One year after the #MeToo movement swept the world, the Academy finds itself in the notable situation that none of the best director nominees were female. Lynne Ramsey’s You Were Never Really Here offered an esoteric perspective on violence, Mimi Leder’s On The Basis Of Sex a thorough look through the legal field, Marielle Heller’s Can You Ever Forgive Me? a mercurial montage of deception and conceit, while the boldly impressionistic The Rider demonstrated Chloe Zao’s formidable talents. None of these brilliant female filmmakers were recognised.
Yet the Academy did recognise one female director among the Best Short Film nominees, for the riveting Marguerite ( an elderly woman curtailing her suppressed feelings for another woman). The Quebeqois actress Marianne Farley switched to directing, helming on a generational study masked by illness and love. She spoke to our dirty Eoghan Lyng about her about receiving an Oscar nomination, generational themes, gender representation and much more!
Eoghan Lyng – Congratulations on your Oscar nomination. How do you stand on the knowledge being the only female director nominee?
Marianne Farley – Thank you. I have mixed feelings, I’m very proud to be the one, but there should be more than me. There should be at least half. I think it will change over the years, I’m really hopeful. I cannot believe Lynne Ramsey didn’t get in, as a director, every shot was perfect. She really is a role model to me [her film You Were Never Really Here is pictured below]. We tend to think of women who direct, like my film, to make very feminine and sensitive films. What she did, she made such a violent film., but with such humanity.
EL – There are generational themes at play. How did you comprehend voicing a generation separate to your own?
MF – The whole premise is based on what I went through and what my grandmother did. She was very religious, got married and had kids. It’s what she wanted to do, but very different to the reality I grew up in, women from my grandmother’s generation didn’t really have choices, unlike mine, we have more choice. So, I was investigating the reasons, just trying to shed light between those experiences and moments.
EL – Where did your experiences as an actor aid you in your experience as a director?
MF – Obviously how vulnerable you are in front of the camera, how you’re trying to find the character on the first day. On a short film, you’ve got three, four days. I knew how the actresses would feel, they’d feel vulnerable. I really wanted the crew to respect the bubble I wanted to create. As an actress, actors have to be bold and vulnerable, trying to shield yourself and staying open at the same time. It’s a strange one, because I understand what it’s like to be in front of the camera.
As a writer, I wanted Marguerite (Béatrice Picard; pictured above) not to be conscious of the memories suppressed, of the life she once had, while [her nurse] Rachel (Sandrine Bisson) had her daily job, she’d do that and go home. I wanted the characters to have an arc, so the payoff at the end worked. I’m very character oriented as a writer, so that was always on my mind.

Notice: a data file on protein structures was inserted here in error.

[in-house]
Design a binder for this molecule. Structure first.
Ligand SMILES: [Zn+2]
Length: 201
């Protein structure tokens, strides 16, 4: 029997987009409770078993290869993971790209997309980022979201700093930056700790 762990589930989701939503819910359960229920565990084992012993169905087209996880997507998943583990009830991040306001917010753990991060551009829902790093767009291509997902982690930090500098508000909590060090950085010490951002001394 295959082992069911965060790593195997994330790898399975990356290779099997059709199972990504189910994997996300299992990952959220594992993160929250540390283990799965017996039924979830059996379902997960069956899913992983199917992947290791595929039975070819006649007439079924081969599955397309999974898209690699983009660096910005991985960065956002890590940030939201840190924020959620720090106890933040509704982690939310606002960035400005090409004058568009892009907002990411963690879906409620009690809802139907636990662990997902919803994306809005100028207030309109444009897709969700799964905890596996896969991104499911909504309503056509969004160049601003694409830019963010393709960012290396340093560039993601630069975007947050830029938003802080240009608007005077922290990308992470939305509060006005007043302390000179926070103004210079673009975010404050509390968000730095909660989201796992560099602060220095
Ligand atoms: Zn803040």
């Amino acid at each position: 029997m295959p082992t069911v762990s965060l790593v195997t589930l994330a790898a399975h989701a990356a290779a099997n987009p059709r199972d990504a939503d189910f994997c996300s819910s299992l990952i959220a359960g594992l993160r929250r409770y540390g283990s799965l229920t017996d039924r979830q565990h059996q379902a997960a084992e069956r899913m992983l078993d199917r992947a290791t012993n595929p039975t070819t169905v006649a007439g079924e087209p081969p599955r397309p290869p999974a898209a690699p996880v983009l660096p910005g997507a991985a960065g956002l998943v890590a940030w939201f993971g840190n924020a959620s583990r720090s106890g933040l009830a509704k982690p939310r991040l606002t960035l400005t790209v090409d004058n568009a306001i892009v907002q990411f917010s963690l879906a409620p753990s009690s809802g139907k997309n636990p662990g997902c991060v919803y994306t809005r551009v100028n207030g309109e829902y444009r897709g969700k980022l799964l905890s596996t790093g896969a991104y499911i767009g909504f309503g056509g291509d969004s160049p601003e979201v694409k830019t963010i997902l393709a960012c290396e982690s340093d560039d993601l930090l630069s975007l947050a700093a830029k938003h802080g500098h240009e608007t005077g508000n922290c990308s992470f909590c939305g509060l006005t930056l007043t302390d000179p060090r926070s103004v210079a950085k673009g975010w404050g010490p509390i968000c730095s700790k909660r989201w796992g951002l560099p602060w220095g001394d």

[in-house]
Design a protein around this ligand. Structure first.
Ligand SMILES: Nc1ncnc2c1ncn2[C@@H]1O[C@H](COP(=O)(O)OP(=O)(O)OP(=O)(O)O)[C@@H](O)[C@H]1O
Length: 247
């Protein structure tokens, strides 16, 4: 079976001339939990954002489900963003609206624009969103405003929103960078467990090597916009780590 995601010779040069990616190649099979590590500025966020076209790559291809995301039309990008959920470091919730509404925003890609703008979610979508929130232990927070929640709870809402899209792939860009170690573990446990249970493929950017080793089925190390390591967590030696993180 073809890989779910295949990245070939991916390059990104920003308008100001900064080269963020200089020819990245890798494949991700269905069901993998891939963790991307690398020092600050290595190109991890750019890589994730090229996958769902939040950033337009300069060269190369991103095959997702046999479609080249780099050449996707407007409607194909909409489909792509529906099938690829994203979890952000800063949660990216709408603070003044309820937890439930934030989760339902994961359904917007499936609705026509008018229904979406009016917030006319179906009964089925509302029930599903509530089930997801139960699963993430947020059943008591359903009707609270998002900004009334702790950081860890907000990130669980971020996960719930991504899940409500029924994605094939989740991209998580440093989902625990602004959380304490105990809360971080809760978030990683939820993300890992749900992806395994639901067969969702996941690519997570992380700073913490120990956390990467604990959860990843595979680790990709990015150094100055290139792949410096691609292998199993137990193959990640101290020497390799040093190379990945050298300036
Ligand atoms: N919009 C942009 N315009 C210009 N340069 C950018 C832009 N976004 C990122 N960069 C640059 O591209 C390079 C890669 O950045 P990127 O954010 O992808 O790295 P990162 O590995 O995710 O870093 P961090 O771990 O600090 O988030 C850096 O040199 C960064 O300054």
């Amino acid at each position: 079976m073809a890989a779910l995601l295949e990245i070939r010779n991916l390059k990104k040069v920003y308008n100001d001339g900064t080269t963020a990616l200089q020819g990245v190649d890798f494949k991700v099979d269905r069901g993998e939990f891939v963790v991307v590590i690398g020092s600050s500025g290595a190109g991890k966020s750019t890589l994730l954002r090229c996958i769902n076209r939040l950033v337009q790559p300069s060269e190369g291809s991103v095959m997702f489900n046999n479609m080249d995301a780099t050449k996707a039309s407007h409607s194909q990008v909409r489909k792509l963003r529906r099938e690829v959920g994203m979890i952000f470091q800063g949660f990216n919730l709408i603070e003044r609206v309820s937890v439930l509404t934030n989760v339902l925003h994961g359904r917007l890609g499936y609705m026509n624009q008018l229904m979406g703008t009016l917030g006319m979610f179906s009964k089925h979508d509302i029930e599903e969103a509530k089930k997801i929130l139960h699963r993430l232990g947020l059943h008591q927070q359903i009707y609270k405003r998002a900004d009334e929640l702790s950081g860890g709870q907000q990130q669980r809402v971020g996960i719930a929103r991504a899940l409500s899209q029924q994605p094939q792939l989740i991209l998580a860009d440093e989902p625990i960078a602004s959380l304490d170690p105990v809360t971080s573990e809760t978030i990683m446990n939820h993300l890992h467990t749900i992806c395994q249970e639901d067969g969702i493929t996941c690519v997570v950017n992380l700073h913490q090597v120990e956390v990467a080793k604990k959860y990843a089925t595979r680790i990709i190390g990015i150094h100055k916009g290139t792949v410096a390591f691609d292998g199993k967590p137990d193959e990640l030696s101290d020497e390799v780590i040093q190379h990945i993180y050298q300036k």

EL – The film stars two steely leads. Where did you come across them?
MF – The nurse is a really good friend of mine, usually cast as ballsy, comedic outgoing characters, both of them do, I like taking them somewhere else. I wanted to prove to Sandrine that she could do it, because she told me that she could only do this and that. I wanted to see how far she could go, she’s a sensitive, compassionate woman, a vulnerable woman, everything she does, I told her, is really interesting, which she didn’t know she could do. The other, Béatrice, usually does comedic, theatre stuff. Still,she was very, very open, courageous as an actress. She was really happy to go along with it and see where she could go.
EL – What type of story lends itself to the form of a short film?
Has to be concise, a moment in someone’s life, had I made the arc larger it would have been a feature.A short film is like a moment, the character arc is super important, there had to be a transformation. In the first draft, Marguerite was totally closed off , before changing her personality over time, which I couldn’t do in fifteen, twenty minutes. It would have been too much of a change of pace, so that needed re-drafting A short story should be a snapshot, a snapshot of people or this case the elderly in the LGBT communities, which is something nobody ever talks about.
EL – How would you encourage a greater diversity of gender representation and proportion?
MF – That’s a tough question. Men have been making films for more than 100 years, we need to make space for women, we have stories to get out there. I don’t see it as a competition. We need to open the door for women, more finances, big budget films are traditionally given to men. It’s a complex question that we have to address, rather than we gave it to her because she is a woman. I don’t want people to think I’m there at the awards because I’m a woman. I want to be there for the film.
Canada is working towards achieving parity, the quality’s getting better and better from Canada and Quebec, there’s more about racism and LGBT. I might be naive, but I feel films really can change the world. It’s going really well here in Canada. True, films like Batman and Spiderman are grossing like millions of dollars, but hopefully the niche will grow to show stories about human beings, which is important to show. I think that’s what stories should be about.